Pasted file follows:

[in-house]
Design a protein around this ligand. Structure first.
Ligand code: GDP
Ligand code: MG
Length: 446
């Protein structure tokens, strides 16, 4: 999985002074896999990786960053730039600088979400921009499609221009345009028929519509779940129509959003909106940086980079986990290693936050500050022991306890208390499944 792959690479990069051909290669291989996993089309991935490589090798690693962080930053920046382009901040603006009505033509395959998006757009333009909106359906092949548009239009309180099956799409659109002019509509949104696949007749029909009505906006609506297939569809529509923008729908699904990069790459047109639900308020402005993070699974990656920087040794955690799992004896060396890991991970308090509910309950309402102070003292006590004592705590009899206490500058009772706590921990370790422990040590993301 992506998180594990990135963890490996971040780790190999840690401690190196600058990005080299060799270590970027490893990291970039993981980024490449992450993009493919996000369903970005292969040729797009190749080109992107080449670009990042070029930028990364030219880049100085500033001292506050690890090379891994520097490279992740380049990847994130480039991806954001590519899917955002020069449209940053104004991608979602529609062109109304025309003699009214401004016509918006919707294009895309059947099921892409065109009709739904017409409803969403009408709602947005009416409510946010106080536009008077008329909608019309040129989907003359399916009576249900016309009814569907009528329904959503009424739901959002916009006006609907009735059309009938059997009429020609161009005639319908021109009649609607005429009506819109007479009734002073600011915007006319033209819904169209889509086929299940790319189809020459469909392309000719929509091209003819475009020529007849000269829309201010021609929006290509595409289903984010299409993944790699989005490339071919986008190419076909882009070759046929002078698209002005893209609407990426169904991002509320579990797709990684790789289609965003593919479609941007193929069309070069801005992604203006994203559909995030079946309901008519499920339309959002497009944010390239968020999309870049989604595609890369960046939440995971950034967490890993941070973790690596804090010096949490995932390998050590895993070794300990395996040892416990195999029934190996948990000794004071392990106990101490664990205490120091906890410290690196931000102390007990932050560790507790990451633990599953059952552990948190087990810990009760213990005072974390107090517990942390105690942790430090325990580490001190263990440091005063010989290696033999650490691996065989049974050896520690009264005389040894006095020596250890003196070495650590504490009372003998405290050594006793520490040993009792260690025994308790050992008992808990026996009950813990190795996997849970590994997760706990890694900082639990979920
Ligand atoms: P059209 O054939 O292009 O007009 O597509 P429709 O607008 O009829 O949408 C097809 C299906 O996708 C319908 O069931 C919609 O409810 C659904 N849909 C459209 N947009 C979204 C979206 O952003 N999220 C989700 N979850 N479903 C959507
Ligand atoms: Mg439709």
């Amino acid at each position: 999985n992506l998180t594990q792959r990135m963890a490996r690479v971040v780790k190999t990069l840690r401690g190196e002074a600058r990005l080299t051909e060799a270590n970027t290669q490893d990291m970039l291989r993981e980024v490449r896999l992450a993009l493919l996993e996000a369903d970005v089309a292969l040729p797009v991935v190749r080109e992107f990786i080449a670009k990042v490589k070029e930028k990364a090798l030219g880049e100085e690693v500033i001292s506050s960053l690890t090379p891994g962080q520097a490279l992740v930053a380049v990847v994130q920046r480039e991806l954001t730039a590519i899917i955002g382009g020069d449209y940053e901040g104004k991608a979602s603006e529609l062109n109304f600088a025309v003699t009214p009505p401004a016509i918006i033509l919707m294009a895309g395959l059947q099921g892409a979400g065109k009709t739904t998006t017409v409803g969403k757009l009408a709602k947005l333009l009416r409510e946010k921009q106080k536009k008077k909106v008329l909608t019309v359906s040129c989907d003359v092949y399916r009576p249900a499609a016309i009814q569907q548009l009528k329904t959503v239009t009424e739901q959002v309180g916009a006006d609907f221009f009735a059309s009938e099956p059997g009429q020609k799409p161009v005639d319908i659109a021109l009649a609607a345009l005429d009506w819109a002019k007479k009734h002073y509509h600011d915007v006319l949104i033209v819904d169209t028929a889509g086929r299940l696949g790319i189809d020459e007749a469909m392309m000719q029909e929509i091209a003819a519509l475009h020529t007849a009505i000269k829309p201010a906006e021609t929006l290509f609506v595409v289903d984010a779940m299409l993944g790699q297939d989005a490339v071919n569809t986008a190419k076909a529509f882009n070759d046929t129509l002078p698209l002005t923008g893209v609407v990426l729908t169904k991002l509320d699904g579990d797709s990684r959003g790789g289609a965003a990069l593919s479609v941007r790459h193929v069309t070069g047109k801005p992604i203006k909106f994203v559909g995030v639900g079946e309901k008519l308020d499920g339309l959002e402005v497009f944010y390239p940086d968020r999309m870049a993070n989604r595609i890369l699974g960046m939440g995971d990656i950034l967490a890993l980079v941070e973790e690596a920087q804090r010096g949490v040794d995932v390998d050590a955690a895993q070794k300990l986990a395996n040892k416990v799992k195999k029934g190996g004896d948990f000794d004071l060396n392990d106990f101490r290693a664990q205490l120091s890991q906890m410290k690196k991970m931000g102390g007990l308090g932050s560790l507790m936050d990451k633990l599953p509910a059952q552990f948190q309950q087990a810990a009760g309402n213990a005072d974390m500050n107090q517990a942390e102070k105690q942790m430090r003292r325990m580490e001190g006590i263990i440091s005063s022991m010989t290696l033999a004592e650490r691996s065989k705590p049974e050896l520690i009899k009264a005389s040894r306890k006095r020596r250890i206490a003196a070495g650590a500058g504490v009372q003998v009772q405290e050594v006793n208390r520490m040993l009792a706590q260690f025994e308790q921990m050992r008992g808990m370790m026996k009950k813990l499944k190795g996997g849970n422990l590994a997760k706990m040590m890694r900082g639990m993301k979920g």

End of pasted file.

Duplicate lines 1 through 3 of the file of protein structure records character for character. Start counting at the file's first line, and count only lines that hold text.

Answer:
[in-house]
Design a protein around this ligand. Structure first.
Ligand code: GDP